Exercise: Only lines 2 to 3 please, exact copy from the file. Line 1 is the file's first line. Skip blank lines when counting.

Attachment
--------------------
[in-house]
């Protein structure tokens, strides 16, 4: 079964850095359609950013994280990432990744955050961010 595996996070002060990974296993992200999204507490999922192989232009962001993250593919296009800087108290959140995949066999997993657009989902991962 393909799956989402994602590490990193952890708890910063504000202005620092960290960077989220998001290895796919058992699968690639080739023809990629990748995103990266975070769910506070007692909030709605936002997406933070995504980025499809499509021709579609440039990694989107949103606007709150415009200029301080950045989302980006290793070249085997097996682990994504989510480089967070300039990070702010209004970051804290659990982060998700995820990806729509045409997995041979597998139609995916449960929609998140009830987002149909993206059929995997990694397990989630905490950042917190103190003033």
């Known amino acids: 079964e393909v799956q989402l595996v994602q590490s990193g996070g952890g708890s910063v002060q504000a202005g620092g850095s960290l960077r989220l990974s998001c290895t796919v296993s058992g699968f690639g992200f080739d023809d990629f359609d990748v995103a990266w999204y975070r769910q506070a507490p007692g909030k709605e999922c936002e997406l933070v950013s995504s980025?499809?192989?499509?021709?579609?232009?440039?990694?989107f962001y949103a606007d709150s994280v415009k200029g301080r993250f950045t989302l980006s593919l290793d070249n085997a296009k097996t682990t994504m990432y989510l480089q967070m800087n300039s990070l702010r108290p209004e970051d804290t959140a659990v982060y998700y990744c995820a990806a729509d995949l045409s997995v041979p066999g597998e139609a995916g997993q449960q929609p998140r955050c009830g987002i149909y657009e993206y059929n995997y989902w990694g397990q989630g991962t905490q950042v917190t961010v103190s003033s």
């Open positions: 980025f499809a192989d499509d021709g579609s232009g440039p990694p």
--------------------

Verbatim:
């Protein structure tokens, strides 16, 4: 079964850095359609950013994280990432990744955050961010 595996996070002060990974296993992200999204507490999922192989232009962001993250593919296009800087108290959140995949066999997993657009989902991962 393909799956989402994602590490990193952890708890910063504000202005620092960290960077989220998001290895796919058992699968690639080739023809990629990748995103990266975070769910506070007692909030709605936002997406933070995504980025499809499509021709579609440039990694989107949103606007709150415009200029301080950045989302980006290793070249085997097996682990994504989510480089967070300039990070702010209004970051804290659990982060998700995820990806729509045409997995041979597998139609995916449960929609998140009830987002149909993206059929995997990694397990989630905490950042917190103190003033």
């Known amino acids: 079964e393909v799956q989402l595996v994602q590490s990193g996070g952890g708890s910063v002060q504000a202005g620092g850095s960290l960077r989220l990974s998001c290895t796919v296993s058992g699968f690639g992200f080739d023809d990629f359609d990748v995103a990266w999204y975070r769910q506070a507490p007692g909030k709605e999922c936002e997406l933070v950013s995504s980025?499809?192989?499509?021709?579609?232009?440039?990694?989107f962001y949103a606007d709150s994280v415009k200029g301080r993250f950045t989302l980006s593919l290793d070249n085997a296009k097996t682990t994504m990432y989510l480089q967070m800087n300039s990070l702010r108290p209004e970051d804290t959140a659990v982060y998700y990744c995820a990806a729509d995949l045409s997995v041979p066999g597998e139609a995916g997993q449960q929609p998140r955050c009830g987002i149909y657009e993206y059929n995997y989902w990694g397990q989630g991962t905490q950042v917190t961010v103190s003033s």